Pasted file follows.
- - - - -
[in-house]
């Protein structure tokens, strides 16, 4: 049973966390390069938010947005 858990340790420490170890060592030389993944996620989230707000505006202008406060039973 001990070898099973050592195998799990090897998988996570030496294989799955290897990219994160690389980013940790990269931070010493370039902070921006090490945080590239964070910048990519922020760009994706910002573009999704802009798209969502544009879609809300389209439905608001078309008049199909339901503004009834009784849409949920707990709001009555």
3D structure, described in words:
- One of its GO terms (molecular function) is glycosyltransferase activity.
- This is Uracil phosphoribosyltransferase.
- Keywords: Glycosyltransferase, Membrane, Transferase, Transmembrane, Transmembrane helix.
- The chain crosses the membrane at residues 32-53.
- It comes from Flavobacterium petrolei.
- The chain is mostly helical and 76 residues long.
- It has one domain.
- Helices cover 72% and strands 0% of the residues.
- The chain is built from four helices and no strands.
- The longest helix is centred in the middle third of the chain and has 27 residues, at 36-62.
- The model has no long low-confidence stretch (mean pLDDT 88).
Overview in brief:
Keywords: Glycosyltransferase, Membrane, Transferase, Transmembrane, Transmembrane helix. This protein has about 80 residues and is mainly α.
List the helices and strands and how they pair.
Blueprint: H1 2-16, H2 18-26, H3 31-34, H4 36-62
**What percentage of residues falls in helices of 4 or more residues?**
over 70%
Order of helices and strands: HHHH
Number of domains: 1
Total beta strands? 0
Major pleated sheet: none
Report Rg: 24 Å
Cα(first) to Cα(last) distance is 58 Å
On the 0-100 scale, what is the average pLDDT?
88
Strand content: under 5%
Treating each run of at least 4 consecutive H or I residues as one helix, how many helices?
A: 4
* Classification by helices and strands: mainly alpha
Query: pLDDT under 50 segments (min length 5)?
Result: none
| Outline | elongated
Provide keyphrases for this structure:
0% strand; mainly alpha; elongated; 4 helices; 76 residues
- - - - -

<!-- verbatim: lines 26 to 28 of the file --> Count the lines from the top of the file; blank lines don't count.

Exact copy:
Cα(first) to Cα(last) distance is 58 Å
On the 0-100 scale, what is the average pLDDT?
88